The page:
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Christmas near Bethlehem: A holy night in a holy city

By Brent L. and Wendy C. Top

For the Deseret News

Published: Sunday, Dec. 22 2013 12:20 p.m. MST

It was so still, and away from the bustle of the city, we could hear all kinds of sounds: the bleating of sheep and goats from a nearby Bedouin flock; the Muslim prayer calls from two different mosques in the city; and the sounds of Christmas ringing out from many different Christian churches in and around Manger Square. As a family we sang “O Little Town of Bethlehem” and read the Messianic prophecies in the Old Testament concerning the birth of the Messiah. We read the prophecy of Samuel the Lamanite prophet in Helaman and its fulfillment in 3 Nephi 1.

We are not a particularly musical family, but the carols we sang that Christmas Eve in Shepherds' Field near Bethlehem sounded angelic in the stillness of the night, not because of our vocal abilities, but rather because of the special setting we were in and the Holy Spirit that bore testimony to each of us that the Babe of Bethlehem is truly the Son of God.

Between songs, we would just sit silently, gazing upon the lights of the city and soaking in the sounds of bells caroling from church steeples. We changed the words of one familiar hymn — instead of “Far, far away,” we sang, “Near, near at hand on Judea’s plains, Shepherds of old heard the joyous strains. Glory to God in the highest; Peace on earth, good will to men.”

After testimonies and a family prayer, we closed our special Christmas Eve at Bethlehem by sitting silently and absorbing the spirit of the place and the significance of the moment, remembering the events that occurred there 2,000 years earlier and the feelings that filled our hearts that night.

As we again listened to the choirs singing at Manger Square, it became apparent that we could not see them. The sounds of many voices praising God filled the air, but no persons were visible to us. It made us wonder if there were not shepherds in that very field, if not close by, who, on the night Jesus was born, saw the star and heard heavenly choirs singing praises, but could not see where the music was coming from. It was as if we were the shepherds on Judea’s rocky plains and the glittering lights of Bethlehem were the star and the choirs at Manger Square were the angels.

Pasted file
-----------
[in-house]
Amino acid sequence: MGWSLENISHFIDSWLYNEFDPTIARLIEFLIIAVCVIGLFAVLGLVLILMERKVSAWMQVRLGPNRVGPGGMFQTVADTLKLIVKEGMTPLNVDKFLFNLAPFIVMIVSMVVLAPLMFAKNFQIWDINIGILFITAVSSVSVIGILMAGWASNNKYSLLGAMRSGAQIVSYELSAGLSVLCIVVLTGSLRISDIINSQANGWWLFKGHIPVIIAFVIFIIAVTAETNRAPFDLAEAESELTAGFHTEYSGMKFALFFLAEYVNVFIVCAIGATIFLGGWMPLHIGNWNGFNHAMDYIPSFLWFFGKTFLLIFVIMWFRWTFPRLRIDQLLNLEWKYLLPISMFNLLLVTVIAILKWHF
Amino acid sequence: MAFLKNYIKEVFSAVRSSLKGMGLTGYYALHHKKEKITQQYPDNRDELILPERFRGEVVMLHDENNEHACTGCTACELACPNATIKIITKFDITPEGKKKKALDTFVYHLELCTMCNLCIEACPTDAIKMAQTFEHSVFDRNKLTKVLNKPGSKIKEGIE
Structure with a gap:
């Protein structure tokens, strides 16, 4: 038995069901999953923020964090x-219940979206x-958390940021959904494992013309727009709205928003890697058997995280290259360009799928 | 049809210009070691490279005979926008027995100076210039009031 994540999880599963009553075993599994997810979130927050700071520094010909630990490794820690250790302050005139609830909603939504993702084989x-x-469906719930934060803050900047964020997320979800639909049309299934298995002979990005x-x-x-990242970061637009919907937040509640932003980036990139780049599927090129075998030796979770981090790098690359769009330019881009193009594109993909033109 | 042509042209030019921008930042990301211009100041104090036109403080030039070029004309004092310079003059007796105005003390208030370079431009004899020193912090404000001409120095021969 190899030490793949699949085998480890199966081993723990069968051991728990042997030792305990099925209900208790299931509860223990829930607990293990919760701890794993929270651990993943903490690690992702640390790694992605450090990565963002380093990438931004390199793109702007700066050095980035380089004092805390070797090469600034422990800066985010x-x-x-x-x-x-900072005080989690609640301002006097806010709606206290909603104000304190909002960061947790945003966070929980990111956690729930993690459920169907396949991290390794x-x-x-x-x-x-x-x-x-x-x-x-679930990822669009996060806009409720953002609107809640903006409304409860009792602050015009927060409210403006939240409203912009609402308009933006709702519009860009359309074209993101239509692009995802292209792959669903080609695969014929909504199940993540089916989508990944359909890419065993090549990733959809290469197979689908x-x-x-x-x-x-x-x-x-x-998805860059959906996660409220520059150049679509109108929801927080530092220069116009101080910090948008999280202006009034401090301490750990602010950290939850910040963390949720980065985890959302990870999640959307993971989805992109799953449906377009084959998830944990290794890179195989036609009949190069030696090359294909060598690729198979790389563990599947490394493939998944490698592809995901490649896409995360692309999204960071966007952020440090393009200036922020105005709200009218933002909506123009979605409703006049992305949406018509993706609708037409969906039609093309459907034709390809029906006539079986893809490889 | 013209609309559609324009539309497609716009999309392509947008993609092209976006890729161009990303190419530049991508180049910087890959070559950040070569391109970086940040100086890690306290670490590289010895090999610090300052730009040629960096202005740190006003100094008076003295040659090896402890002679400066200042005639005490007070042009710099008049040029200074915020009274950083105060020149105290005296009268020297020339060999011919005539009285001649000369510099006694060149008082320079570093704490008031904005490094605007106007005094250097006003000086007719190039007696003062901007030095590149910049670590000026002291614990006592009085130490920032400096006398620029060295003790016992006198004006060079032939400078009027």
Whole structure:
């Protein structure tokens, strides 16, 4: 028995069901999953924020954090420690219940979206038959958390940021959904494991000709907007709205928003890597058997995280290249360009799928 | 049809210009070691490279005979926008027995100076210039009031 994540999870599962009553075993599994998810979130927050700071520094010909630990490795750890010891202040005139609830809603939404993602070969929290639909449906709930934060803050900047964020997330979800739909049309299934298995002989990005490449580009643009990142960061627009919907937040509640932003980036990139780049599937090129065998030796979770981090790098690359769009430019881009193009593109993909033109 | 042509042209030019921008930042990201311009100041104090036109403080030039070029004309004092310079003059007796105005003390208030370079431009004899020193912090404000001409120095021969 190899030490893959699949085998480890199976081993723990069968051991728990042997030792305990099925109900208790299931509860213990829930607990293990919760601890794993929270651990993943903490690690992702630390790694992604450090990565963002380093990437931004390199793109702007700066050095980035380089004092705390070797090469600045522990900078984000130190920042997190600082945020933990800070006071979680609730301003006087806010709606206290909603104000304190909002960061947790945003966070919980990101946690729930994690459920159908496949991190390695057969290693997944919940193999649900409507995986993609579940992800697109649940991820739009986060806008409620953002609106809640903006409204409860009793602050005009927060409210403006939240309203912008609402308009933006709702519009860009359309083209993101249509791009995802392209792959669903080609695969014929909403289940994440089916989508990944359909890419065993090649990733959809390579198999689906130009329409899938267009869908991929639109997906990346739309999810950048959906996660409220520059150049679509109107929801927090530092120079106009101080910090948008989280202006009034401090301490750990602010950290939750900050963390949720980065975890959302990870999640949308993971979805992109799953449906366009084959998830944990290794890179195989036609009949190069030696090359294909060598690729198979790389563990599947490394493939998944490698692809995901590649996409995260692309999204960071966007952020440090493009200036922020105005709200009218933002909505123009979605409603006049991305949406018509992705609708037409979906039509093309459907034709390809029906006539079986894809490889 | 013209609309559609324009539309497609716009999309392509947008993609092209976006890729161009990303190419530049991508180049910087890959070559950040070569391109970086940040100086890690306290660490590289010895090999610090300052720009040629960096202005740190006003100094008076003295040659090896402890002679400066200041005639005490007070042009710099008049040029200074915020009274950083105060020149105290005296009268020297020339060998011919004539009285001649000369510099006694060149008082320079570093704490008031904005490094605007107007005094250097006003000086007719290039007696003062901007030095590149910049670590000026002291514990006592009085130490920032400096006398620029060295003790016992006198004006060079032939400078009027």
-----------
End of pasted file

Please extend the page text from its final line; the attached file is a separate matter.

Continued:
Silently, we walked back to the car. Darkness had now fully enveloped us. With the aid of flashlights, we carefully stepped over rocks and brush, hoping not to ruin this wonderful evening by someone falling and getting injured.

As he often did, our son, Justin, ran ahead of all of us and soon called out that he had found something. He pointed out a sheepfold, where Palestinian shepherds had gathered their flocks for the night for protection. As we explored the sheepfold made out of stones, we found a cave. In stormy weather, the cave sheltered and protected both the sheep and the shepherd. During lambing season, it became the shepherds’ home as they actually lived in the field with their flocks.

Justin wondered if this very spot could have been the place where the shepherds “were abiding in the field, keeping watch over their flock by night” (Luke 2:8). Was it in this very cave where “the angel of the Lord came upon them and the glory of the Lord shone round about them” (Luke 2:9)?

Wendy explained to the children that the Bedouins of today, like the ancient shepherds of Jesus’ day, do not use wooden barns for their flocks but caves with an outer rock-walled sheepfold. It was probably in such a cave that Jesus was born. It was probably the first time in our children’s lives that they had ever thought about Baby Jesus being born in a cave. “Jesus, once of humble birth” took on a new meaning at that moment.

Yet, in thy dark streets shineth

The everlasting Light.

The hopes and fears of all the years

Are met in thee tonight.

The next day — Christmas Day — was the Sabbath. One of the speakers in sacrament meeting at our Jerusalem branch told of his family’s experience the night before on Manger Square. He spoke of how disappointed they had been with the experience. It was crowded. There was pushing and shoving and jostling for position. It was loud, not just with the loudspeakers and marching bands but with shouting, loud laughter, and the noises of a raucous, partying crowd. Although it was a religious celebration, there was little that was reverential or evoked worship. What a contrast to our family’s experience. The lesson was not lost on us.

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